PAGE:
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To celebrate National Canadian Film Day, we’re shining a spotlight the country's most exciting up-and-coming actors and filmmakers
Deragh Campbell is an essential part of Torontos indie film wave.
There are very few overnight sensations in the entertainment industry. There are breakouts, sure, and people who hit the culture at exactly the right time, but more often than not it’s a case of earning the spotlight: putting in the hours, doing the work and being ready to deliver when your moment arrives. Last year, when we assembled NOW’s rising stars spotlight, the artists we featured stood at the forefront of a new wave of Canadian cinema and all of them had plans to work both sides of the camera.
This year’s cohort is also part of that wave, which has been building all along: everyone here has been at this for a while, developing their skill set and getting ready for that wave to break. You’re about to see what they can really do… even if, thanks to the whole coronavirus thing, you’ll have to see it at home.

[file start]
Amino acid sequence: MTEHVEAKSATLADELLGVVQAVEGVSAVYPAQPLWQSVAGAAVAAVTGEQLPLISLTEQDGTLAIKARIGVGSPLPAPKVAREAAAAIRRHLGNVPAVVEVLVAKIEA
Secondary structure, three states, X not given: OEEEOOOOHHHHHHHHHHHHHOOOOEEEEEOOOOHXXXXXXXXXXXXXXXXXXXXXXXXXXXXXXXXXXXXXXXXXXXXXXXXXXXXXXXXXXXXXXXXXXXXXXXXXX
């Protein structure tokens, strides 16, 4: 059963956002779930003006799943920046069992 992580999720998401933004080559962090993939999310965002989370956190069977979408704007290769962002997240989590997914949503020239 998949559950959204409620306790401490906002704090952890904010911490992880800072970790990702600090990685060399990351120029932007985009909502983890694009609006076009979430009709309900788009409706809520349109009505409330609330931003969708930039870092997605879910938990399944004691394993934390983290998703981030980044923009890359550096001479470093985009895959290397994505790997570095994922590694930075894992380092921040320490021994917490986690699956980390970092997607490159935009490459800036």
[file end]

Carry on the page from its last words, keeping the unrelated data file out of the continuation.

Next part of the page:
Photography by Samuel Engelking | Makeup and hair by Robert Weir
Deragh Campbell has been having a hell of a run. Already one of the most well-respected actors on the Toronto film scene, she delivered the performance of her career as a disintegrating young day-care worker in Kazik Radwanski’s Anne At 13,000 Ft. – a raw, uncompromising turn made all the more powerful by the fact that she plays almost all of it in close-up, the better to lock us into her character’s frame of mind.
A hit on the festival circuit, it landed four Canadian Screen Award nominations – including best picture, best director, best supporting actor (for Matt Johnson) and best actress for Campbell herself. That nomination caps a decade of distinctive, empathetic performances in indies like I Used To Be Darker, Stinking Heaven, O, Brazen Age and Fail To Appear… although the awards ceremony itself has been pushed back into some undetermined post-coronavirus date, along with the movie’s release.
Campbell is doing her best to roll with it. “It’s hard to be productive when the future is postponed,” she says from Stratford. “But I’m enjoying just watching things and reading for the time being, and I’ll see if some writing comes naturally to me.”